ORIGINAL GREENS: CHEF SALAD

ORIGINAL GREENS: CHEF SALAD Friday, June 22, 2012

It is very likely that the most famous of all salads in this country at this time is the Caesar, because what’s not to love about a Caesar.

People like Cobbs, too, and Green Goddess Salads, and most, if not all of you, love  our Oregon Salad because it’s made from the things that grow all around you.

But there is one salad that’s been around for almost 100 years, and that seems to get very little attention these days, and that’s the Chef’s Salad. We’re trying to change that.

While both the Caesar and the Cobb have locked-in ingredients and air-tight (and eerily similar) creation myths, the Chef’s Salad comes in multiple variations and, despite its moniker, ironically has no author.

But you can find one here, every day at lunch (between 11am and 2pm), in both half- and full-sized bowls.

In a way, the Chef’s very similar to the Cobb. They even seem to come from the same family. Think of the Cobb like the accomplished child who got the right grades, dated the right girls and got into the best school. Now think of the Chef’s Salad as his bullied cousin who dropped out of high school and moved far from home to reinvent himself, but not before eloping with the Cobb’s fiancée in the middle of the night.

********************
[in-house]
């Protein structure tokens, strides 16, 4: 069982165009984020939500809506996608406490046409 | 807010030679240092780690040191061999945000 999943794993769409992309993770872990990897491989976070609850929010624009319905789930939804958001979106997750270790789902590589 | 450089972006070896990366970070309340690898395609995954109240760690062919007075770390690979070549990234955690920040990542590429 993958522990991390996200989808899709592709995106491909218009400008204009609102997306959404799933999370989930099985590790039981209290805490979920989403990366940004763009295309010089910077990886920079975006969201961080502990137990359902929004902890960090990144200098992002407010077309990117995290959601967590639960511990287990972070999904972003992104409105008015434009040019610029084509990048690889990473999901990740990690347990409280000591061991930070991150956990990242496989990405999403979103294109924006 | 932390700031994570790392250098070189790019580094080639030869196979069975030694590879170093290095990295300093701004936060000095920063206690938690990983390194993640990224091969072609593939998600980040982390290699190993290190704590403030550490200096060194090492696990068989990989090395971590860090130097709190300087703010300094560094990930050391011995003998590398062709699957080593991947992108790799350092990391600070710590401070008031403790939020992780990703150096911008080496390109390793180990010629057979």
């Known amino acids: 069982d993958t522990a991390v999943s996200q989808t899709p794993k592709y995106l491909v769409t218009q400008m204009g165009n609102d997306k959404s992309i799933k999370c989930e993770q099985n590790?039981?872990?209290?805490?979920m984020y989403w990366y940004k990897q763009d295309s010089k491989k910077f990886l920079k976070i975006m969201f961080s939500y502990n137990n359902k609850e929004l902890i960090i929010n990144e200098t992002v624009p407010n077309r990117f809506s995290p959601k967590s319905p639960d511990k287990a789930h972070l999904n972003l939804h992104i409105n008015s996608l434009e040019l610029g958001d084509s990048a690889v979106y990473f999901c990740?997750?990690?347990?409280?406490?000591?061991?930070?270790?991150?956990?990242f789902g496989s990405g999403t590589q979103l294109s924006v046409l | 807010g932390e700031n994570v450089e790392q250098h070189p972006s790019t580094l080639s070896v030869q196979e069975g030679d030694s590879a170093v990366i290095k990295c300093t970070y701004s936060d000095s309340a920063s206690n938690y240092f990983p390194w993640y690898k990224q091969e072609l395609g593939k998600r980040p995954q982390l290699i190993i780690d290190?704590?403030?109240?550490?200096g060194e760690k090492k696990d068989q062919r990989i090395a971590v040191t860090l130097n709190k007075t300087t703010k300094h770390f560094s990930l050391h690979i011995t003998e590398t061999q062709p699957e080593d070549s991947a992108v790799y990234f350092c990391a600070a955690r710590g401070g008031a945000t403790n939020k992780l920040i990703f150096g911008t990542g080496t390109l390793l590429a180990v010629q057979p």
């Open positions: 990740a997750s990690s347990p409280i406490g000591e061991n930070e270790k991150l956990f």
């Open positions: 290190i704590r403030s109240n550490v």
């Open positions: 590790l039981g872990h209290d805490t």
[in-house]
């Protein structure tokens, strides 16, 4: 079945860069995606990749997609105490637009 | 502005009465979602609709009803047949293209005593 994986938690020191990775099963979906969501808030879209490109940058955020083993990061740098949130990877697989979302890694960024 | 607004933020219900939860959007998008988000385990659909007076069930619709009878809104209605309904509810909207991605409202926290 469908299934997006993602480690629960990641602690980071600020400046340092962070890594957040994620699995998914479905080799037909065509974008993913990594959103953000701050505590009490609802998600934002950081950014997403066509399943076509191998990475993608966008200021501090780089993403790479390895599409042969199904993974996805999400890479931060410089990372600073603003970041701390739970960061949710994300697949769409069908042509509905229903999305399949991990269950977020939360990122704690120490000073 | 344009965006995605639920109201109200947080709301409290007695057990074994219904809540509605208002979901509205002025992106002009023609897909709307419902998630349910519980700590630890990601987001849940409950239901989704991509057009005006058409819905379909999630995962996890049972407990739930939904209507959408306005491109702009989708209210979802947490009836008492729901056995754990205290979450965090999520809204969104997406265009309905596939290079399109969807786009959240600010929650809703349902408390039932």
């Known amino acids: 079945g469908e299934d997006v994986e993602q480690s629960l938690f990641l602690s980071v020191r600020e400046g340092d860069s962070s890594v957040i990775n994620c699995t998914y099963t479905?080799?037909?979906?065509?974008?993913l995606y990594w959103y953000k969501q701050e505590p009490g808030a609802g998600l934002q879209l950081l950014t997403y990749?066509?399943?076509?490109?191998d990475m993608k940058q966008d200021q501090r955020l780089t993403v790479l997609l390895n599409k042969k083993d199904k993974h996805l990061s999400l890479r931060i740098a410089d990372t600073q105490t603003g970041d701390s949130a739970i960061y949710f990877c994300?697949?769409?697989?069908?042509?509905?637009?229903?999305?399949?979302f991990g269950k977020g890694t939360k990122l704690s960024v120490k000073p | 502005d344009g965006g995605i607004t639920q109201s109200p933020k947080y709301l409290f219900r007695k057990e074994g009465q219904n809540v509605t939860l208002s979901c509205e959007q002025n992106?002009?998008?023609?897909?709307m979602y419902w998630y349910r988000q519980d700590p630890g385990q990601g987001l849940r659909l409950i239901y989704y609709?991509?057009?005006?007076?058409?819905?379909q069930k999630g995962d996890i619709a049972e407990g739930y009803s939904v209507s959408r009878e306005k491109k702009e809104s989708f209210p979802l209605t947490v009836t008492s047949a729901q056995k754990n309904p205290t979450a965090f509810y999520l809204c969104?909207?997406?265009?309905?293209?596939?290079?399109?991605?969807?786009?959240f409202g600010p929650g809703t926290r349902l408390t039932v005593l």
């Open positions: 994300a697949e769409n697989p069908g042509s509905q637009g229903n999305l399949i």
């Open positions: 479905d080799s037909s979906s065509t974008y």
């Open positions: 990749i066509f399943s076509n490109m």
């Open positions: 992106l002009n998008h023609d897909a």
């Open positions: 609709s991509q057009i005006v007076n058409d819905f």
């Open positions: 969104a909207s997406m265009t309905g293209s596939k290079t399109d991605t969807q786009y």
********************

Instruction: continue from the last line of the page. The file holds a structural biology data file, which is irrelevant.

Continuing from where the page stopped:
Like the Cobb, the Chef’s Salad is made with meats and cheeses (roasted turkey, smoked ham and Swiss cheese) and is genetically linked to its older, shinier cousin by its other shared ingredients (Romaine lettuce, tomatoes and hard-boiled egg).

Throw in some sliced cucumbers and toss it all with the all-purpose fry-sauce, secret-sauce Thousand Island Salad Dressing, and you’ve got the salad that many believed never had a fighting chance, but who made it, despite the odds, to your table.

And don’t forget. People might not like ranch, and they might not like blue cheese, but there’s nobody who doesn’t like Thousand Island.

Dig in. Your scrappy, yet very worthy, salad awaits.